Straightforward Restoration: 1957 MGA Roadster

You have to admire a seller’s optimism when it comes to prescribing how much confidence you should have in taking it on. The listing says this MGA that’s been parked for 40 years in a shed represents a “straightforward” restoration opportunity, and while I wish I could agree, there’s some hope if his claims of being rust-free are valid. The MGA has been in his possession the whole time, a classic case of a restoration that never got off the ground. Find it here on craigslist for $8,500. Thanks to Barn Finds reader Gunter K. for the find.

If that’s British Racing Green paint, I don’t blame the seller for holding out hope that he’d someday get around to restoring this MGA back to good health. That color with a tan or dark brown leather interior makes for one heck of a compelling argument for keeping the flame alive that you might one day restore this car. However, there’s the other side of the coin that says it should have become obvious 20 years sooner that this restoration wasn’t going to come to fruition.

The other hurdle with this car is that MGAs are not hard to find. You can pick up a decent one for reasonable money without spending months looking for one. The seller’s car is complete and he claims that despite the rough appearances, the car is solid in all the right places and only has some light surface rust to contend with. The fenders, frame, rocker panels, and wheel wells are all said to be solid. The 1500cc engine is called “correct,” which may indicate it is numbers-matching.

The MGA for sure looks sad with its missing grill and years of dirt and dust in the paint. The good news is the seller further claims to have the “…gearbox, carburetor and intake set, driveshaft, generator, radiator, distributor and starter,” which really does seem to address much of the must-have mechanical bits. He doesn’t mention an interior, but given the way the MGA has been stored, any upholstery components are likely completely shot anyway. What do you think – does this forgotten MGA deserve a chance at rebirth for $8,500?


  1. Denny N. Member

    Looks like a $400 parts car to me.

    Like 7
  2. bobhess bobhess Member

    Chance is a good word to use on this one. There’s a chance of major rust being sunk in a dirt floor. There’s a good chance the engine is frozen and will need a complete rebuild. There is a good chance that nothing mechanical or electrical will function. There is a big chance at the present buy price that the new owner will be upside down before he/she gets the car home. There is a better chance finding an up and running car for less than restoring this one. I’d chance a buy at $2,500 max based on my experience at acquiring cars like this. (When I married my crew chief she was a book keeper. Kept me out of trouble many times on a car buy.)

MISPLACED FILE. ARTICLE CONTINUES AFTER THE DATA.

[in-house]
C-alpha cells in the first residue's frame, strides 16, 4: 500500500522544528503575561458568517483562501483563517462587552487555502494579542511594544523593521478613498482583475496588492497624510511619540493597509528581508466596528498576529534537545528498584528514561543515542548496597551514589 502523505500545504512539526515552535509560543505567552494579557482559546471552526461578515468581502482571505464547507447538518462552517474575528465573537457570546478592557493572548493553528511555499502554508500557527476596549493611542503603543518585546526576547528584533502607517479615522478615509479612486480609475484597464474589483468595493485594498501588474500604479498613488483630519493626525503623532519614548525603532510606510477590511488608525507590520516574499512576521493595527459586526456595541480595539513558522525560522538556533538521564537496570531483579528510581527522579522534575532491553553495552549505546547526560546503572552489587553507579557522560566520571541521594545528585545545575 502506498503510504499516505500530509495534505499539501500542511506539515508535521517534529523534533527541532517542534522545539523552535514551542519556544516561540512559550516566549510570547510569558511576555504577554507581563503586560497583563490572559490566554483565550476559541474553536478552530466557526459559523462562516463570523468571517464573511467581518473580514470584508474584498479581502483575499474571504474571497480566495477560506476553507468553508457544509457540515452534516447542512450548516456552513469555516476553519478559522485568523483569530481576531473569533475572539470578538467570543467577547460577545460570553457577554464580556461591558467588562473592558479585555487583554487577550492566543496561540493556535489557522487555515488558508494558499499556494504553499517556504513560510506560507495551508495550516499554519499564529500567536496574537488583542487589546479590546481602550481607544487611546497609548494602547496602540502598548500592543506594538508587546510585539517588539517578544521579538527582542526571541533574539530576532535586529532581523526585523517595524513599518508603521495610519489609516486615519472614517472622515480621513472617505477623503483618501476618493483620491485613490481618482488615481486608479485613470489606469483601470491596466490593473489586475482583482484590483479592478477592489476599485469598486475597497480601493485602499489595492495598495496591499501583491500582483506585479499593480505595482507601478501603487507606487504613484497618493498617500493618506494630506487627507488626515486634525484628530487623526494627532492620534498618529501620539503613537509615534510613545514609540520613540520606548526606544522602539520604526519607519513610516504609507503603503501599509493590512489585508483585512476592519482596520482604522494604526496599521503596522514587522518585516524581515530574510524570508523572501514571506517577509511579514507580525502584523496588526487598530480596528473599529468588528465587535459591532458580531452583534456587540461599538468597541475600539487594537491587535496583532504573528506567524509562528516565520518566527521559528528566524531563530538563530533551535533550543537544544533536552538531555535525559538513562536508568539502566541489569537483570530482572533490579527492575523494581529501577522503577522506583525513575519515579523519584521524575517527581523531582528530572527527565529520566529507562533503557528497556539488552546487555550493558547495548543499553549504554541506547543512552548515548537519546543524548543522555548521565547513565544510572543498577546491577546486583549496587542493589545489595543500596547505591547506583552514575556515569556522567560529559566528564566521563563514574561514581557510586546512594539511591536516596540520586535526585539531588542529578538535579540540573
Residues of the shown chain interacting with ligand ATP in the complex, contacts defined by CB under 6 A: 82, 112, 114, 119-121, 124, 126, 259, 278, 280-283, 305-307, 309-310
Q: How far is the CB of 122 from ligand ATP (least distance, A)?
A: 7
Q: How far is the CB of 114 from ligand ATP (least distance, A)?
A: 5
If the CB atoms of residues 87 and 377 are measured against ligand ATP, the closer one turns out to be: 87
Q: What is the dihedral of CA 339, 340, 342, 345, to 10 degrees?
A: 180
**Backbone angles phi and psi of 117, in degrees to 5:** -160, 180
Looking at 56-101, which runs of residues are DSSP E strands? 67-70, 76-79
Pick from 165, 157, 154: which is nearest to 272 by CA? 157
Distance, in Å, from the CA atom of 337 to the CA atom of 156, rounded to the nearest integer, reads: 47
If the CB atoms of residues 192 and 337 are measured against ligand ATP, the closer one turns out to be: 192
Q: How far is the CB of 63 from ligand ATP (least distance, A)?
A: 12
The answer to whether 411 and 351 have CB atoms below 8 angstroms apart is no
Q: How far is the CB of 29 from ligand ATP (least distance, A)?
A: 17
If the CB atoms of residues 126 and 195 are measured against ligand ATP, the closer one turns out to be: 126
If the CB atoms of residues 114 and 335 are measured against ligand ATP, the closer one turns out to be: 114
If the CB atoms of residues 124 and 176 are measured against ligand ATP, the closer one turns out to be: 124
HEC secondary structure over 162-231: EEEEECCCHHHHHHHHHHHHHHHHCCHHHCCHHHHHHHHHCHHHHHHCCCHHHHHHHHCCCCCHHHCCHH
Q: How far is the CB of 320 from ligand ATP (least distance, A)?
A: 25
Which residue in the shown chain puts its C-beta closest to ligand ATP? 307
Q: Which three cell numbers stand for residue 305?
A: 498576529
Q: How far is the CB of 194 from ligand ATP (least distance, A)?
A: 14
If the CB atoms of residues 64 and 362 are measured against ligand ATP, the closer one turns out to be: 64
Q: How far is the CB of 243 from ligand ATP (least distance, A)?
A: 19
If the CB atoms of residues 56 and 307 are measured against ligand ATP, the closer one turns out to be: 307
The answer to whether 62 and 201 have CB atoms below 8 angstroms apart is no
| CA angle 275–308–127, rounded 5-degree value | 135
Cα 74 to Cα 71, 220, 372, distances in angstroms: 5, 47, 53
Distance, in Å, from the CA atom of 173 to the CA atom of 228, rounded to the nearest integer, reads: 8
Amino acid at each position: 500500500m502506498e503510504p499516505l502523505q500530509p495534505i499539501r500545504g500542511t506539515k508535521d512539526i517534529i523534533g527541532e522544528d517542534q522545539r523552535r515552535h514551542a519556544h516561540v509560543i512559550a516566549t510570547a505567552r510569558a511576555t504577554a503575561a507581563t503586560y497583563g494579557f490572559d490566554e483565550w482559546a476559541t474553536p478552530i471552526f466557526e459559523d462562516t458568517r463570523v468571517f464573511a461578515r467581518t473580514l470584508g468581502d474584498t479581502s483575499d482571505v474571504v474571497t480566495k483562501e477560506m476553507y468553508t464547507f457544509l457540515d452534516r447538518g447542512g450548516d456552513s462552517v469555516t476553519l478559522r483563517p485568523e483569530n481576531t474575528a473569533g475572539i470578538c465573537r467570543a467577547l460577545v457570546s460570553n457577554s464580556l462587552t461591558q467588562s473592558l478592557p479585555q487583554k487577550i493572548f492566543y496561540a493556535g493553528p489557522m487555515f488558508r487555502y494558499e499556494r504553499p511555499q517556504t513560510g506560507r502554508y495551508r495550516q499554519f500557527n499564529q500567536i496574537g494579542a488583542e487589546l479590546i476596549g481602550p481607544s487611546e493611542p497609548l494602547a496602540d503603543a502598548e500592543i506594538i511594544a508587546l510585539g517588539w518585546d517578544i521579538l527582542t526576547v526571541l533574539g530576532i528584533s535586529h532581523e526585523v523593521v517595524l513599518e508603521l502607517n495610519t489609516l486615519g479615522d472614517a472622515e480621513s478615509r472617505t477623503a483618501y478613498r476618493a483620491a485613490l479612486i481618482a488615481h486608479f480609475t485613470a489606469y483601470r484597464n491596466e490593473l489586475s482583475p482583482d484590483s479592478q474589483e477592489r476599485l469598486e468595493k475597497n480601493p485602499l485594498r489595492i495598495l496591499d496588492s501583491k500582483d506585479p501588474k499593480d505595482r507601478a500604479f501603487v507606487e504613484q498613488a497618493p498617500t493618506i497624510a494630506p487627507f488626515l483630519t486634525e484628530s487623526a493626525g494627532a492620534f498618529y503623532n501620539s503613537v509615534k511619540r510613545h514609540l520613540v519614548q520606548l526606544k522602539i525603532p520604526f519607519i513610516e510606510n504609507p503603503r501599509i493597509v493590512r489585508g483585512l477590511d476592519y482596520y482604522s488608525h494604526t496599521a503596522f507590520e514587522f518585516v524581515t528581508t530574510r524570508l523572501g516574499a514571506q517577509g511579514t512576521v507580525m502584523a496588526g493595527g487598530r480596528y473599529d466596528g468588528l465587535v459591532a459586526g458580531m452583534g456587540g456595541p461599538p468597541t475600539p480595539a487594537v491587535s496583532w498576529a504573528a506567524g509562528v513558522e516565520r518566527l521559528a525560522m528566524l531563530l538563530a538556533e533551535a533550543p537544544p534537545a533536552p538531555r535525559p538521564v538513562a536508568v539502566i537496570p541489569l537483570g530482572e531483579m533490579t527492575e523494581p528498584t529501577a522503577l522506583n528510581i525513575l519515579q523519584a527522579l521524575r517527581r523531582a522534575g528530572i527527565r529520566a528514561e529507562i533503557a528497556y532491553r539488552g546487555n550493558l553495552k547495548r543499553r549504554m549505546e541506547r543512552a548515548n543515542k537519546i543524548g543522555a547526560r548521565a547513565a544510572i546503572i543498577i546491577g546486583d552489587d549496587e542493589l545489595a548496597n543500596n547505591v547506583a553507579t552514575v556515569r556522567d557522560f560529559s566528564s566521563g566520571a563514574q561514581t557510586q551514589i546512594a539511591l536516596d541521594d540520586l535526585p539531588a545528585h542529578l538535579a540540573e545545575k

Like 10
  3. RayT Member

    If you want to think of it that way, EVERY restoration is “straightforward.” Disassemble car, fix what needs fixing, pound out the dents, paint what needs painting, find what’s missing, put it all back together, and Bob’s yer uncle!

    Oh, wait, we didn’t talk about money, which would be an essential unless you happen to be a very good welder, fabricator, machinist, parts chaser, painter, upholsterer and, yes, wrench. If so, you could pay the nut on this “A” and be happy with the result. For the rest of us, who likely lack some or all of those skills, this is wildly overpriced.

    I’d take bobhess’s advice and look for a runner, preferably one that doesn’t have Metal Dandruff to contend with. They’re out there.

    Like 10
  4. Michelle Rand Staff

    This car looks like it used to be Old English White, for what it’s worth. It is a parts car, most likely. I would make a visit with ‘start the car’ paraphenalia, and if it won’t start, offer a lot less. The $2500 suggested by bobhess sounds about right.

    Like 5
  5. DA

    It is sitting on dirt. How “solid” can it be? Solid rust?

    Like 7
  6. GitterDunn

    Hey, seller: pull that mess out of the barn, take the old tires and stuff out of it, and give it a wash before telling us it’s “solid” and has “no sign of rust damage”. Then take more pictures and put a more realistic price on it. Jeez.

    Like 8
  7. Ric

    Some very optimistic folks might look at it and think if they can just fix the rust it’ll be a straight forward restoration. They need to think of every single part subject to corrosion and degrading over time. From the wiring harness to the wire wheel splines. From the fuel system with its Swiss cheese fuel tank to the rotted frame to the seized motor, this is no easy task to take on. Always a shame to see a classic reduced to this.

    Like 5
  8. chrlsful

    it all changed w/the end in ’55, no? These looked positively ‘racy”. Still do ta me.
    My sister’s TD looks pre-war comparatively. Great to see european social, economic history thru cars…

    Like 1

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